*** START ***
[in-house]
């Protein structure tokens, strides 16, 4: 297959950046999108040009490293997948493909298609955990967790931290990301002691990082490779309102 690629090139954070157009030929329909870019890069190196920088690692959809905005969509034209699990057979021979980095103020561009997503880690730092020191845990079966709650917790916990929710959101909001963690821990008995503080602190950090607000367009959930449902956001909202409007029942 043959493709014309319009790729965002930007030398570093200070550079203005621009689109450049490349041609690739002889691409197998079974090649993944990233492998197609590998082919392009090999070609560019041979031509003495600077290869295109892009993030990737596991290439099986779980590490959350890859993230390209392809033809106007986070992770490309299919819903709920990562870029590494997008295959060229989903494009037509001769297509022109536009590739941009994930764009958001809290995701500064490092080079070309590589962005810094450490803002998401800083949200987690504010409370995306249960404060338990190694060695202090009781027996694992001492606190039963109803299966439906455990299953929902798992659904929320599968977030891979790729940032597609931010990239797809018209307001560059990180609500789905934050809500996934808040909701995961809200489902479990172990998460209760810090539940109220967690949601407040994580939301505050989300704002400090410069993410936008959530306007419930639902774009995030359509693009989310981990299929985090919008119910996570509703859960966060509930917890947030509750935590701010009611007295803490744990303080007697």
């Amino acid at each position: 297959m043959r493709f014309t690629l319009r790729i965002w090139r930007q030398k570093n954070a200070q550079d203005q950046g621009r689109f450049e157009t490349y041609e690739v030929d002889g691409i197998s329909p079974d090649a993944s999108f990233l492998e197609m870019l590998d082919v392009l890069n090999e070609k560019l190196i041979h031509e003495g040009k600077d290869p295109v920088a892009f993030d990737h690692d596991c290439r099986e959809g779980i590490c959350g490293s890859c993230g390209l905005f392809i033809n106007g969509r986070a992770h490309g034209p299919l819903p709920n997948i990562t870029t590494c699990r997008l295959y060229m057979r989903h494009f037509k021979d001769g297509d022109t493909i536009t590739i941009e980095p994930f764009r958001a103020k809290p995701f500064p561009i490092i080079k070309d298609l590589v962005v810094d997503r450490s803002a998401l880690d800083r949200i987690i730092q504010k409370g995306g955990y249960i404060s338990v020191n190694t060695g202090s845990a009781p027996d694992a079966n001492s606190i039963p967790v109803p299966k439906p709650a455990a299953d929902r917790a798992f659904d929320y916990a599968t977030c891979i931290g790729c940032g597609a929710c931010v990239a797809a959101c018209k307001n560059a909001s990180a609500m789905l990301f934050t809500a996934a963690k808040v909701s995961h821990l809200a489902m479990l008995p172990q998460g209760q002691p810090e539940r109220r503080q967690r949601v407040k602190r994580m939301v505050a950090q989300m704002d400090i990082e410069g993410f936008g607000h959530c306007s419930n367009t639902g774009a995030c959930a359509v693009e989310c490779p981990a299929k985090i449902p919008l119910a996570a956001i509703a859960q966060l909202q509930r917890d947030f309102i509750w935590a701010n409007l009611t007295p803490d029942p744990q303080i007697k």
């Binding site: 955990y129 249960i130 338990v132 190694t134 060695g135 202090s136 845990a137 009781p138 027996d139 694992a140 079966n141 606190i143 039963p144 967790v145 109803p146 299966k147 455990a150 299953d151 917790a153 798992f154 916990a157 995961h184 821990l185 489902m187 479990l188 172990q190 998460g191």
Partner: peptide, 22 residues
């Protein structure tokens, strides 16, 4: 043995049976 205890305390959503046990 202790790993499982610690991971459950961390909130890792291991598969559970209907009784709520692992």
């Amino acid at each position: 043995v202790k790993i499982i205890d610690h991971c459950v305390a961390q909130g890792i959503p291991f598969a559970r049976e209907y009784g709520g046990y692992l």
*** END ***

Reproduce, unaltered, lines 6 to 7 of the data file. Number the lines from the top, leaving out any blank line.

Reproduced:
């Protein structure tokens, strides 16, 4: 043995049976 205890305390959503046990 202790790993499982610690991971459950961390909130890792291991598969559970209907009784709520692992």
């Amino acid at each position: 043995v202790k790993i499982i205890d610690h991971c459950v305390a961390q909130g890792i959503p291991f598969a559970r049976e209907y009784g709520g046990y692992l």